Knee Pain? How to Tell if Your ACL is Torn or Sprained
Your anterior cruciate ligament (ACL) is one of the most important parts of your knee. This connective tissue provides movement and support for a variety of activities — from a simple walk in the park to athletic leaps in sports.
If you suspect you may have torn your ACL, then it is important to take the necessary steps and precautions immediately.
So in this article, we will cover the ways in which an ACL can be damaged, and ultimately the question of “what does a torn ACL feel like?” That way, you can seek the appropriate surgical or non-surgical treatment necessary to heal your body and regain full, natural, pain-free movement.
What does it feel like when you tear your ACL? Well, this can often depend on how you injured your knee in the first place.
You can tear an ACL a few different ways: stopping suddenly after running, quickly changing direction, landing on it wrong, or colliding with another person or object.
However, certain diet, exercise, and nutrition plans can help reduce the risk of injury.
Read More: What Food to Avoid When You Have Knee Pain?
There are 3 grades of severity when injuring your ACL. Technically, some sprains are also tears. But typically, a “sprain” refers to a less severe tear.
Here are the grades of knee sprains in terms of severity:
- Grade 1: The ligament is slightly damaged, and the knee is still stable.
- Grade 2: The ligament is damaged to the point of a partial tear.
- Grade 3: The ligament is severely damaged, resulting in a complete tear (resulting in two separate pieces), and the knee is no longer stable.
This grading system is why answering the question of “what does an ACL tear feel like?” is difficult to answer without a doctor’s evaluation.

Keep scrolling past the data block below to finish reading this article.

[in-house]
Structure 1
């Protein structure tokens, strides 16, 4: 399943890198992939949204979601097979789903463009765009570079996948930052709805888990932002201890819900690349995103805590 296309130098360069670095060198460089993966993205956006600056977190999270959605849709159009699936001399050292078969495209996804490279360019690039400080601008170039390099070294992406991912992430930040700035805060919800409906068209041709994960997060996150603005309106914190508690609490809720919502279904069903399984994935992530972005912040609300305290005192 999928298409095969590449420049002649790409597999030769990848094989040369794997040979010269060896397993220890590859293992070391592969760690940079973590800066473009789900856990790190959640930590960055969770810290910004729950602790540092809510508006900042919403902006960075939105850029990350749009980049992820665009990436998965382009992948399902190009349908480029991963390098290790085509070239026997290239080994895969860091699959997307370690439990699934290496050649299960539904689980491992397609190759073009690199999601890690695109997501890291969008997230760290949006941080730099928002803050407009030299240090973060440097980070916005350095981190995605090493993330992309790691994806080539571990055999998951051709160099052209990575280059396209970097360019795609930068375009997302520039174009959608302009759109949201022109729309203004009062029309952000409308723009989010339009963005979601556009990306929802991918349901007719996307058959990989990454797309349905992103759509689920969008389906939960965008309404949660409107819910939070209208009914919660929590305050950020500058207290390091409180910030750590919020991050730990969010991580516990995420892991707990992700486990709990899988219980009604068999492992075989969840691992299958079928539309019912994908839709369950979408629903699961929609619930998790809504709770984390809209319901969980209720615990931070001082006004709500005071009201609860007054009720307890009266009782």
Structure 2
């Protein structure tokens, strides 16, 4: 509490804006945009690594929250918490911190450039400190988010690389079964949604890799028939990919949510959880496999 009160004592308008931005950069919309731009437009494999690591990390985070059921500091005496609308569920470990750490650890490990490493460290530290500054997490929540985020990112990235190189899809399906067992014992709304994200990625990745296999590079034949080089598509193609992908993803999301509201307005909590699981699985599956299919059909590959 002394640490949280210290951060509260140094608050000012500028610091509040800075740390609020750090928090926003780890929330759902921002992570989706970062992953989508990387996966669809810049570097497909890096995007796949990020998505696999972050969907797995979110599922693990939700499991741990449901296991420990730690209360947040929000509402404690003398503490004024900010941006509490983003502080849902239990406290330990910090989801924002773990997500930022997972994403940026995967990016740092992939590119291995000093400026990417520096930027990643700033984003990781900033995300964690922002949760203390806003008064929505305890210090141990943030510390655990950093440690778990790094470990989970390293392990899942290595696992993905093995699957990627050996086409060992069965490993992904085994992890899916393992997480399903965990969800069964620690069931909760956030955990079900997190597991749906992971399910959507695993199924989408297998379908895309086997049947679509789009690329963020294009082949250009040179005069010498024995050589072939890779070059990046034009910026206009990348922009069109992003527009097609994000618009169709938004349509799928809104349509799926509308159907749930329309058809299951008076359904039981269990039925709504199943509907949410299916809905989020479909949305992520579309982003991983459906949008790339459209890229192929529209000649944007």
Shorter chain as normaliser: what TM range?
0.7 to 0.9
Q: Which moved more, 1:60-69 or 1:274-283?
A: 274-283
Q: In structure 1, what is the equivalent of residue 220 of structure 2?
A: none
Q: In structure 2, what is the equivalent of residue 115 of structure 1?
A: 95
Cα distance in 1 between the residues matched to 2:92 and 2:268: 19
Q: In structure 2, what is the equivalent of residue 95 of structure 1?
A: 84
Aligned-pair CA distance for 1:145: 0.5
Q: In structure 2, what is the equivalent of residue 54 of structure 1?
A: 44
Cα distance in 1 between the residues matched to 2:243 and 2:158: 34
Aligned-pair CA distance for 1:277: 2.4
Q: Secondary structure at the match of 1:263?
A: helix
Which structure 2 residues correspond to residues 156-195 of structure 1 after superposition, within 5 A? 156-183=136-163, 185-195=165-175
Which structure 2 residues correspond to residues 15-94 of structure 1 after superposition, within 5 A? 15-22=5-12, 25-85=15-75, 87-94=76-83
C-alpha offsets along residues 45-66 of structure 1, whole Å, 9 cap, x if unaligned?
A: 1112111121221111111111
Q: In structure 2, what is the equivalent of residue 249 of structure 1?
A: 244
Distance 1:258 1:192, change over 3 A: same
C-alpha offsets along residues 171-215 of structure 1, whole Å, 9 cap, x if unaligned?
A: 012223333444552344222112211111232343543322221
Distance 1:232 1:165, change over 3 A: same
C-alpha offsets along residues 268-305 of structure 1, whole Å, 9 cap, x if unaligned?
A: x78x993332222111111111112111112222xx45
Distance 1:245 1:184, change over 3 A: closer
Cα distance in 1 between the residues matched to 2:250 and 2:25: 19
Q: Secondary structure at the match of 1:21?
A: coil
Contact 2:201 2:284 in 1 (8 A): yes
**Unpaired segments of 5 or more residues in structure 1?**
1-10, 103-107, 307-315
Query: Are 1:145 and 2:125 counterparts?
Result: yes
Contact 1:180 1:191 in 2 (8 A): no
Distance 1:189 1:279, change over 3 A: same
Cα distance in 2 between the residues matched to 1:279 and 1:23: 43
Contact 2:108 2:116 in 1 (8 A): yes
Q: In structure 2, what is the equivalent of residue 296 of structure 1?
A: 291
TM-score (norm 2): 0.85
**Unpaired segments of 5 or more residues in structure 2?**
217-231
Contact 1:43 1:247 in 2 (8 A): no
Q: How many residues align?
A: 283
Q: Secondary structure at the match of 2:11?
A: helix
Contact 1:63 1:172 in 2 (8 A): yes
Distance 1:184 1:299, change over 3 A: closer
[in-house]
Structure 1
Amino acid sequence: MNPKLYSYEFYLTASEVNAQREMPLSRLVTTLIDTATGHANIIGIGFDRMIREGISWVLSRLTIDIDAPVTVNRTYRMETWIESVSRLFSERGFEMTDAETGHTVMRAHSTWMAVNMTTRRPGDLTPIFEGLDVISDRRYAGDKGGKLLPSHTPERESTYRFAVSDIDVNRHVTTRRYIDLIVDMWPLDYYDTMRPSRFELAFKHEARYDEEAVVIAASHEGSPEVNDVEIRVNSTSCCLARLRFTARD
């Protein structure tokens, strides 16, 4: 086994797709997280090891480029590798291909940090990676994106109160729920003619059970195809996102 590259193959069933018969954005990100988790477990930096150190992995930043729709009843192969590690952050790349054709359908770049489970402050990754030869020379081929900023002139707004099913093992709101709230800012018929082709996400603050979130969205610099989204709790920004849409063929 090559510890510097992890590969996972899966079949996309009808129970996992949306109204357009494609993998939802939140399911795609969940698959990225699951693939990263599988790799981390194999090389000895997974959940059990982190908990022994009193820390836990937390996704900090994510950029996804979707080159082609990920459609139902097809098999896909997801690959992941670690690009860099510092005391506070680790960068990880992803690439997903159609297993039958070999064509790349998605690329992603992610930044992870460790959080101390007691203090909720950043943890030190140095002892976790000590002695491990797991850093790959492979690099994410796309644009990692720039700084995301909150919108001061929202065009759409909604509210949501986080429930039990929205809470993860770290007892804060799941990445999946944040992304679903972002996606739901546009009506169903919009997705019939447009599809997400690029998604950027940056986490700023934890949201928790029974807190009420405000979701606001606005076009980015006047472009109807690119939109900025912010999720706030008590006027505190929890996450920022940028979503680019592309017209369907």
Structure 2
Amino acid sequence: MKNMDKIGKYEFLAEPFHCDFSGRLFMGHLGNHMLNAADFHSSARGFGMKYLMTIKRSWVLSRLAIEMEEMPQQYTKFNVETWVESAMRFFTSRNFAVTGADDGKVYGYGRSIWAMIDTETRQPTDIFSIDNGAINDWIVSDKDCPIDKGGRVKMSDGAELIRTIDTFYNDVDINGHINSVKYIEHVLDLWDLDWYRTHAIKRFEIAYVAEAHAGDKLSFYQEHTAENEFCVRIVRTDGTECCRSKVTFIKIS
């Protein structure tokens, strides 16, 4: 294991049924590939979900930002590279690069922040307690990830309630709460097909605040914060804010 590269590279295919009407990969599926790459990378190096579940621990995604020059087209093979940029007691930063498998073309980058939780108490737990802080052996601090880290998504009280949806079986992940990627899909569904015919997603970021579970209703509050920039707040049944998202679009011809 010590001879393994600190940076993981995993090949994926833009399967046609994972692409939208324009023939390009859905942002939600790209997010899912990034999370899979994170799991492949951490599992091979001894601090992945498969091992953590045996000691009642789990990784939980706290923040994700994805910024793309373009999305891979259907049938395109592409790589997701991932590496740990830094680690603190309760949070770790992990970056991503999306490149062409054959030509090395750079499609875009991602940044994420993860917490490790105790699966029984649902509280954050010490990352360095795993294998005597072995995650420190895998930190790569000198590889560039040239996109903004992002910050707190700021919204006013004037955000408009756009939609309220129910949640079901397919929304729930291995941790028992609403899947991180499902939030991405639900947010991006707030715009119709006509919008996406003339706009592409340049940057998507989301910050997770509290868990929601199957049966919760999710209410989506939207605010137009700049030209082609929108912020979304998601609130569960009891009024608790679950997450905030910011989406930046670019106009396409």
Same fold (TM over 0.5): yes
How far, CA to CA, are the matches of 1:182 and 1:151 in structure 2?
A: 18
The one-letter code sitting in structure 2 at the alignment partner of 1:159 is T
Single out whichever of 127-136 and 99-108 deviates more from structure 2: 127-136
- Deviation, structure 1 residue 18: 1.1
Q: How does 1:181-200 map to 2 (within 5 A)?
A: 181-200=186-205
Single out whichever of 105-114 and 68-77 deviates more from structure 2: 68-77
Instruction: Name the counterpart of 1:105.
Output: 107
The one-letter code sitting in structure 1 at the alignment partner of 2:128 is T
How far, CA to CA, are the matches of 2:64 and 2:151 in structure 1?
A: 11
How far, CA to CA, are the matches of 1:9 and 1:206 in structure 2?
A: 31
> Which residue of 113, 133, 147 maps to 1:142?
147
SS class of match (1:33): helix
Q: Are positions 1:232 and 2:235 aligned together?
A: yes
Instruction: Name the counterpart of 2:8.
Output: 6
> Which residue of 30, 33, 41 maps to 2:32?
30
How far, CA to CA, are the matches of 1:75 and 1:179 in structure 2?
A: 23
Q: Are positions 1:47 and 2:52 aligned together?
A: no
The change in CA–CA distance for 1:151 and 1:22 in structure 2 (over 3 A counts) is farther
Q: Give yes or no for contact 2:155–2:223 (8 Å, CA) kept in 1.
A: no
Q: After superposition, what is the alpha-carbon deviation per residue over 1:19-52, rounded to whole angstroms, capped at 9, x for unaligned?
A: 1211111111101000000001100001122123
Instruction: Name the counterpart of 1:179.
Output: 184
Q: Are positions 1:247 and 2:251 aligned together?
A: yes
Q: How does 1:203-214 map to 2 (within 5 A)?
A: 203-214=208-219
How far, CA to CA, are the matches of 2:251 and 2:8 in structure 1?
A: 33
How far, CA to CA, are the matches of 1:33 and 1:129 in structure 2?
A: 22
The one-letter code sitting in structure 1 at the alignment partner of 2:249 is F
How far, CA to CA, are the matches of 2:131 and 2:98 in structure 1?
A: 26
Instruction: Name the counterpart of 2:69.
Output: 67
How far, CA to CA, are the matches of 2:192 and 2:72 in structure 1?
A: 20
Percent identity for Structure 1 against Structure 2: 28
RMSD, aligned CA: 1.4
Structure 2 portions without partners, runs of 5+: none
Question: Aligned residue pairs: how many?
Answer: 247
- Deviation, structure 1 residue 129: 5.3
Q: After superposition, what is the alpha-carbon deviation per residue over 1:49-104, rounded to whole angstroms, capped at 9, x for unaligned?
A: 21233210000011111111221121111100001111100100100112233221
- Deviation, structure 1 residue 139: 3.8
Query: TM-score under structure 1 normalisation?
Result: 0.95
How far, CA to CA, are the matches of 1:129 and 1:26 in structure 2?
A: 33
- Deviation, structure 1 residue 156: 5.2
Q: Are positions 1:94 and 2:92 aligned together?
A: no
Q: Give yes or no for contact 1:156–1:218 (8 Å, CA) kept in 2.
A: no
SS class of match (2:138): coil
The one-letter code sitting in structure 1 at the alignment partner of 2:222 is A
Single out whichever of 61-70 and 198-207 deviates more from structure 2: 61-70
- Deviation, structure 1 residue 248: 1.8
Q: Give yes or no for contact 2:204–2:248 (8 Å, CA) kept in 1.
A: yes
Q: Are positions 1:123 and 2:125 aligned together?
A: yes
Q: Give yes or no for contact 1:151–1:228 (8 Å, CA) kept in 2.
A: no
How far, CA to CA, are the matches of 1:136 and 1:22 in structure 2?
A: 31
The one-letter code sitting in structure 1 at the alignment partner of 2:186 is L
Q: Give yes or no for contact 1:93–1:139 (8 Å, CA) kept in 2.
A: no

However, sometimes an ACL injury is more obvious, such as experiencing the below symptoms:
What Does it Feel Like to Tear Your ACL?: 5 Tell-Tale Signs
When you tear an ACL, it usually comes with one of these symptoms of pain or discomfort:
- A loud “pop” in your knee
- Extreme pain
- Fast, visual swelling
- Reduced range of motion
- A sense of “buckling” in which you feel like your knee cannot support any weight
If you feel any of these sensations, you should consult a doctor who can confirm the diagnosis, often using an X-ray or MRI to identify the extent of the injury.
Many ACL sprains and tears require surgery. However, not all of them do. In some cases, you may support healing and reduce pain in your knee with the following non-surgical methods:
- Nonsteroidal anti-inflammatory medicine
- Knee brace for enhanced stability
- Physical therapy to increase range of motion or strength
- Crutches to avoid putting additional weight on the affected ACL
However, keep in mind that if you have torn the ACL and are at least mildly physically active, surgery is the most probable solution.
If you’ve suffered a torn ACL in Baltimore, then surgery performed by a qualified surgeon can greatly improve your quality of life. Contact Ascension Saint Agnes to determine your options for healing your knee and regaining your mobility.